Sunday, November 26, 2006

Traffic

Issue Number Two
2006-2007
ed. Elizabeth Treadwell

Okay, I've been wanting to post about this but really, I still feel I haven't had enough time to adequately describe the excellence of this project. My first reaction was Yes, oh Yes! Here's a fabulous example of what one might accomplish in lieu of blogging. At just over 200 pages Treadwell offers up poetry and prose from Alice Notley, Leslie Scalapino, Mary Burger, Nada Gordon and other poets whom I don't know (Steffi Drewes for example); essays on Notley & Scalapino, Cather, Deloria & Stein, and Aime Cesaire & Bei Dao (the latter being completely new to me); and essays on poetics from Alicia Cohen and Tonya Foster... There is also a generous review section with smart shortish readings of new books by Carol Mirakove, Joanna Fuhrman, Arielle Greenberg, Bernadette Meyer, Juliana Spahr, Norma Cole and others. As well there's an editor's forum of engaging and unexpected discussions (An exchange between Elaine Miles and Jennifer Firestone about Andy Goldsworthy (Hello, yes, is this guy the King of precious, or what?)) some of which I've taken up in other forms here on Lemon Hound...I'm so excited.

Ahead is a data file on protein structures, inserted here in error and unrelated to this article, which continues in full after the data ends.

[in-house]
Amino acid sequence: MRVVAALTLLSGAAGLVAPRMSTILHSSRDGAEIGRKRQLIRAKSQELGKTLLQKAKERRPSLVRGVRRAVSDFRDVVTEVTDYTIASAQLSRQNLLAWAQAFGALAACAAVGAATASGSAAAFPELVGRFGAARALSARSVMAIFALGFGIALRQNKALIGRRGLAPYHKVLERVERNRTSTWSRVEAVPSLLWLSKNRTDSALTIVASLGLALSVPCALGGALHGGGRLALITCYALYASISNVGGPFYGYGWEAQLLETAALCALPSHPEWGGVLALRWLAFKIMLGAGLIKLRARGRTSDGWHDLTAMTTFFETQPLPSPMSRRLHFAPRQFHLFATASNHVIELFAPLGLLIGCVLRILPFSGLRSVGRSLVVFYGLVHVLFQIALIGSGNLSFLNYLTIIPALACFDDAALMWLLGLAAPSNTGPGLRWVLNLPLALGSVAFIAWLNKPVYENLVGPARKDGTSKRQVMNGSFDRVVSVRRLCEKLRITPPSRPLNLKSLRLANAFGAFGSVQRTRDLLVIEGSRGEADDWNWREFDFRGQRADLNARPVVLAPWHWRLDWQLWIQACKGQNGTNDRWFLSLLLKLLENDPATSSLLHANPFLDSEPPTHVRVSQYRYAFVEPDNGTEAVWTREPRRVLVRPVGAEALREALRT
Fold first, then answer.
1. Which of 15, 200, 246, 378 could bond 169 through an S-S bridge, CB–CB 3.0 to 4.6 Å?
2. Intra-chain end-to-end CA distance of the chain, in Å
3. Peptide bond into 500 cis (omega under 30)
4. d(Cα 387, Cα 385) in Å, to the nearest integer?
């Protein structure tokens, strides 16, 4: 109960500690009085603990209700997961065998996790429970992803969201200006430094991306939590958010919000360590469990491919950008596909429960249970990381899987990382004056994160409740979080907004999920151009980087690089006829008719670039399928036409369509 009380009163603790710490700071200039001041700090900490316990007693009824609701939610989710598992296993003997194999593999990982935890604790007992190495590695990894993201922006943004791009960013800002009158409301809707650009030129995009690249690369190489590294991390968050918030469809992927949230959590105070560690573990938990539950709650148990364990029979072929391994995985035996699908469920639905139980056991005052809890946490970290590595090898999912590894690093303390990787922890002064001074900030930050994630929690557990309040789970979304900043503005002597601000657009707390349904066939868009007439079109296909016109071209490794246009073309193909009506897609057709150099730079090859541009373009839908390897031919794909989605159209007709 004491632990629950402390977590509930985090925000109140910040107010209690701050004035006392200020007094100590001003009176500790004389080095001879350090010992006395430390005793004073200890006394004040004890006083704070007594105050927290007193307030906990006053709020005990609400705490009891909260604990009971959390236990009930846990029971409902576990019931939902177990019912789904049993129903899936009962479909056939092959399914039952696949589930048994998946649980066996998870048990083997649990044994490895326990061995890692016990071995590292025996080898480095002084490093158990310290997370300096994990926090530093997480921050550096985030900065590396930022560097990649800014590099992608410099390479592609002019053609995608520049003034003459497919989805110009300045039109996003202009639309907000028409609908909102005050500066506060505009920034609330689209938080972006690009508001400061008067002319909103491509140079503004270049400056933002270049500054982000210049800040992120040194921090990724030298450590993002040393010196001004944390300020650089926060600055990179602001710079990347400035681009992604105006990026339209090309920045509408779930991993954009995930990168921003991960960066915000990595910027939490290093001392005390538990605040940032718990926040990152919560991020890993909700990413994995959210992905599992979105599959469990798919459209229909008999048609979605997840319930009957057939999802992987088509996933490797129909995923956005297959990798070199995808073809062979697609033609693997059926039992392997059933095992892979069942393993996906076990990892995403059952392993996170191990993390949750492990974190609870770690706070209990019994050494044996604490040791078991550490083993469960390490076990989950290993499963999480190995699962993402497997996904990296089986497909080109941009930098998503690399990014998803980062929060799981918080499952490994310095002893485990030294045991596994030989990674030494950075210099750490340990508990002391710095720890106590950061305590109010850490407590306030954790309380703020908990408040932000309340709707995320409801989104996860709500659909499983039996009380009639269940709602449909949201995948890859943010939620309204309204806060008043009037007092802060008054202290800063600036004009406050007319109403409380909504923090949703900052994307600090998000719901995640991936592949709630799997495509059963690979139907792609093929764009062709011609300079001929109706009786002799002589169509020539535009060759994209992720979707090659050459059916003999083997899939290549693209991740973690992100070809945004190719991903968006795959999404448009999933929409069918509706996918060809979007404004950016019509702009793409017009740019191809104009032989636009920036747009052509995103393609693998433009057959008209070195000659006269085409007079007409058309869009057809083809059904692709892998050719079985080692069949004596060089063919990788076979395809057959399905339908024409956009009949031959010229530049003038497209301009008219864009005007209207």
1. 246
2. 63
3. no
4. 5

This is a fine journal with strong unpredictable selections all around, very multi-faceted (did I mention the interview with Yedda Morrison and E. Treadwell?), and what I want to say to everyone who reads this is SUBSCRIBE. Yes, do that old fashioned thing involving a check book and envelope: SUBSCRIBE. This is just what we need, and headed in an interesting direction if you ask me. Refreshing.

I had an email in my inbox a while back about trying to resuscitate the Women's Review of Books, and while I want to support all things women-related, I was disheartened by the lack of change in vision. I mean if there is little support for a project so that it ultimately shuts down, and then you reinvent it, why not reinvent? Why not try to think about where women's writing might be going, and try to look at where we've been and are with a wider perspective and sharp eye? Which is what we find in Traffic...

Can there be an online companion to this?? That's the only thing would make it better.

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